Rob Willmott, Fresno State's orchard manager, saw an immediate savings in time and chemicals used with technology he learned about at this year's World Ag Expo in Tulare, Calif.
Willmott, a 2013 Fresno State graduate with a plant science degree, oversees 190 acres of nuts, olives, citrus and stone fruit on the university farm that spans 1,000 acres where the cities of Fresno and Clovis meet.
His first experience with the AgOtter sprayer system in a 36-acre almond block on the university farm netted him a $4,000 savings in chemicals alone. Factor the time it would have taken the driver to refill the Air-O-Fan sprayer several more times and the cost to run the small tractor, and the savings get even greater.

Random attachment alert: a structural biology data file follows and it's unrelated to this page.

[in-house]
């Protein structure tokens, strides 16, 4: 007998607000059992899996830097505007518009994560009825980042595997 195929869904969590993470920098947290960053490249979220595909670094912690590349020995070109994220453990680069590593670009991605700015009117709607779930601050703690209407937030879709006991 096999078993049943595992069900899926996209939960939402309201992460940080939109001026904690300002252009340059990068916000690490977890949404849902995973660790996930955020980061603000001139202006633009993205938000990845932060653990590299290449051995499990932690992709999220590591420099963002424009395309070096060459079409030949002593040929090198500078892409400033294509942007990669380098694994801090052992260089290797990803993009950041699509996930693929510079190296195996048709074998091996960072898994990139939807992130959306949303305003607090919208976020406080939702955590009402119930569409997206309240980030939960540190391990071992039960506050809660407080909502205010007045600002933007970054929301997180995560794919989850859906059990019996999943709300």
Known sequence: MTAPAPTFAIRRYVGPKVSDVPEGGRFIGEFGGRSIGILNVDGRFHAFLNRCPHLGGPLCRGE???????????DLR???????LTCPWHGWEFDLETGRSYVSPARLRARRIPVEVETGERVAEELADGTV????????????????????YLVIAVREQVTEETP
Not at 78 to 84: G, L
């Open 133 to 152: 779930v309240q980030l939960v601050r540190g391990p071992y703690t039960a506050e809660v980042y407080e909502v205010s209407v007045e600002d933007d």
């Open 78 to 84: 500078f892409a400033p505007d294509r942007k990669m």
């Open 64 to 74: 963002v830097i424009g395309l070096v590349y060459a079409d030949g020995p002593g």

Spray rates are controlled through ground speed sensors, meters and the controller, which continuously adjusts valves to ensure target rates are maintained. All this can be controlled and monitored from a smart phone or iPad.
Fresno State is also working with an irrigation system provided by Netafim and CalWest Rain that lets Willmott effectively adjust water applications, depending on the soil type and the tree's needs.
Within a 36-acre block of almonds planted in March 2016 are three soil types, ranging from a sandy soil to heavier clay. Prior to planting, Willmott said the field was mapped based on soil type. He now has a chart with the three distinct soil types in different colors.
This appears to have a positive impact on trees as one of Willmott’s studies has been to measure trunk girth on the trees and watch the changes based on the different soil types. This process has allowed him to watch trees in those soils that do not have the necessary fertility, and to augment them with proper fertilizers.
The study was part of Willmott’s project as a 2016 graduate of the Almond Board of California’s leadership program.